While social and environmental issues can frequently be negotiated in stages, many corporate governance measures are binary. For example, it is easier to negotiate a partial gain in sustainability reporting than it is to find a compromise on splitting board chair and CEO positions, especially since most proposals requesting a split begin by asking that it be undertaken with the next CEO.

Who Withdraws Shareholder Proposals: The Future

Looking to the future, some differences may reduce. For example, the most frequent individual filers are John Chevedden, Kenneth and William Steiner, James McRitchie (me) and my wife, Myra Young. (Small Group Behind Most Shareholder Proposals) In 2016 we are filing a lot of proxy access proposals. These are not binary and are therefore subject to negotiated agreement and withdrawal.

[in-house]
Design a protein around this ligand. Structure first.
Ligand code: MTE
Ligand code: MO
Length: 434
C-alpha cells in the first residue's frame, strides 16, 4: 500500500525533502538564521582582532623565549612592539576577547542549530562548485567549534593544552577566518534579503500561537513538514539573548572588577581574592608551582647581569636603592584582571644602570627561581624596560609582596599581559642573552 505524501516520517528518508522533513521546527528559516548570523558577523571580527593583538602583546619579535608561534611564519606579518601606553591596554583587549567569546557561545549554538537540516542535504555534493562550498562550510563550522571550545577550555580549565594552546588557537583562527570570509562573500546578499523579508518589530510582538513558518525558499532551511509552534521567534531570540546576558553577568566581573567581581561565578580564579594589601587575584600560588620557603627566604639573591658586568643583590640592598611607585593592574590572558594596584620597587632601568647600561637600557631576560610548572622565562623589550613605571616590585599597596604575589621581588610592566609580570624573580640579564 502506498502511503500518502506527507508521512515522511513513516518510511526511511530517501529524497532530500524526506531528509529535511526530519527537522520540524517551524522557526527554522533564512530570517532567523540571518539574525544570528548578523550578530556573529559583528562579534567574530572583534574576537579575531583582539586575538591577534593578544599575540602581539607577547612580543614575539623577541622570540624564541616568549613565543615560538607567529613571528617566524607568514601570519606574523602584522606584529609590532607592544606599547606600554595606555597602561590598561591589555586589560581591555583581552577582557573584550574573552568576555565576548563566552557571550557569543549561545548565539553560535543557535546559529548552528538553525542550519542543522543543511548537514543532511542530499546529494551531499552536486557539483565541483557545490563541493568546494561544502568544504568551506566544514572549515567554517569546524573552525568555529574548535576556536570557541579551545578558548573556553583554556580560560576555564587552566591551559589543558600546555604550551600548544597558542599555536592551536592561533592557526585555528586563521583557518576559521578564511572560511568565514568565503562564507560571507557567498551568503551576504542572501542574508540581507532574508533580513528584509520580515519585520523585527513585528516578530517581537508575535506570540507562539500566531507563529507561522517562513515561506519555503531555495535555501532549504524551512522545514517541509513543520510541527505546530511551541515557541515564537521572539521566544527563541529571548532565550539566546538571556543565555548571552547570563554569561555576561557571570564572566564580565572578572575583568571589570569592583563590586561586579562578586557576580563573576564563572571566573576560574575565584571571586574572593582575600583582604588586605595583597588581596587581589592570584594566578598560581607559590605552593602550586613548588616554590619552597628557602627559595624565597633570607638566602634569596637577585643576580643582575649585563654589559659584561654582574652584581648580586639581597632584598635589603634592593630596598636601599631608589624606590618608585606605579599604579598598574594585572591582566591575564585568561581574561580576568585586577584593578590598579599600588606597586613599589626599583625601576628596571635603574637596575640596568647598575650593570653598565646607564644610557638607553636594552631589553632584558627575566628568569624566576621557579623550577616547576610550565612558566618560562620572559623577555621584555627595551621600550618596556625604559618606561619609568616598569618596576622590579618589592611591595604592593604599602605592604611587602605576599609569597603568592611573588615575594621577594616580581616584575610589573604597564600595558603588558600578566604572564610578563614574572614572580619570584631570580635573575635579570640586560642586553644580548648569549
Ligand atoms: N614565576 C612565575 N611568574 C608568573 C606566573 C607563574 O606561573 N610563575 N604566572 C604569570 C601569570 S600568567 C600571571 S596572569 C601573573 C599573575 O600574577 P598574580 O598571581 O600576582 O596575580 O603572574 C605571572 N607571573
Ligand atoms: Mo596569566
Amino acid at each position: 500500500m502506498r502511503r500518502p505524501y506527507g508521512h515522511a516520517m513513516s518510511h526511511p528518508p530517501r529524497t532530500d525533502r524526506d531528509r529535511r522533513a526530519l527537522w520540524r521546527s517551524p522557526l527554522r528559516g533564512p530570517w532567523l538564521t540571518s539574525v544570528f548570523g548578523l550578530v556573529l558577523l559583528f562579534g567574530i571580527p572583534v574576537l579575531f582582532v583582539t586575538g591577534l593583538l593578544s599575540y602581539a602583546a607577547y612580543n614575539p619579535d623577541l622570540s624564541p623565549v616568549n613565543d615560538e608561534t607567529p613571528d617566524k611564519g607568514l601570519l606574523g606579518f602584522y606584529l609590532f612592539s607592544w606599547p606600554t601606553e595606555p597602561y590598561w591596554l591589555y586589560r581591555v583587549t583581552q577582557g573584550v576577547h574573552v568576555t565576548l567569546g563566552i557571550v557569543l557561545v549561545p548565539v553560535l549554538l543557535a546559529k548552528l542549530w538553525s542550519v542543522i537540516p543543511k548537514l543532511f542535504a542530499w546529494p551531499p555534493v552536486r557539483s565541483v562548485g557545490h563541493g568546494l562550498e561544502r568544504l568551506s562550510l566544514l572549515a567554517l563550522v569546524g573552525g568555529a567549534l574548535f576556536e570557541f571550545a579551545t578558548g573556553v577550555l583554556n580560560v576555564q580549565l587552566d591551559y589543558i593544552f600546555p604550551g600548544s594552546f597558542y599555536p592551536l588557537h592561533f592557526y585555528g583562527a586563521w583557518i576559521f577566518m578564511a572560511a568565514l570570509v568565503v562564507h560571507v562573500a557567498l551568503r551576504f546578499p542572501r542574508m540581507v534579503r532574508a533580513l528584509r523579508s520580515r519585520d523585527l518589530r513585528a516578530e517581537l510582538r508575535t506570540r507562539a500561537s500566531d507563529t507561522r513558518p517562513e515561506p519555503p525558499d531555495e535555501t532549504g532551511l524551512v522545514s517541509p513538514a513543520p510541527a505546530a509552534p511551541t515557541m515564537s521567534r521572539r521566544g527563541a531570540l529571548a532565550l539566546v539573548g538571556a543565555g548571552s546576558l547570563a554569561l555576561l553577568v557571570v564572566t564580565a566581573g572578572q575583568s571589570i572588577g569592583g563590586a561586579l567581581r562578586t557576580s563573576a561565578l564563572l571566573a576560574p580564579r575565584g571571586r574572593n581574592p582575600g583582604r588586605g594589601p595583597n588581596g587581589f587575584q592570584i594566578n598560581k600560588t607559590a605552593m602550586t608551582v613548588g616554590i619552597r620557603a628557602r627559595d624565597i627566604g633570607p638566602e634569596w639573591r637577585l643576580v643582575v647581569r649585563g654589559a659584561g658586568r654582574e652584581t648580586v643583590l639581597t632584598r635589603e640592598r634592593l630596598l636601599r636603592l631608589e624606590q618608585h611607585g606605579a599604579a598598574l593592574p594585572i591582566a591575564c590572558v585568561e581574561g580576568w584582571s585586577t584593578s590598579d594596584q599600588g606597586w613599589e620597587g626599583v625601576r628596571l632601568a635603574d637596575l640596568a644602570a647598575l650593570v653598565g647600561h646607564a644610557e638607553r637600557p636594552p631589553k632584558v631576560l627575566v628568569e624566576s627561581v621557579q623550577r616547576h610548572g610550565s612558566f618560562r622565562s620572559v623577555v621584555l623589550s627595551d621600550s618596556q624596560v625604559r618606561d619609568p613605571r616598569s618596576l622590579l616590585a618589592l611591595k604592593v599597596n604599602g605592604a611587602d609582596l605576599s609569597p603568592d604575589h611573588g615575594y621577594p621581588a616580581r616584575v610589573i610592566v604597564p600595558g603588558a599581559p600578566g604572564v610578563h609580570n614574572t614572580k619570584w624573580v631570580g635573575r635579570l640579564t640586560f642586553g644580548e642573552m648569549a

Who withdraws shareholder proposals is subject to many factors, including insider ownership, subject matter, perceived influence of the filer, etc. However, the main ‘finding’ of the authors is beyond doubt. Don’t dismiss the influence of proposals that may never appear on the proxy.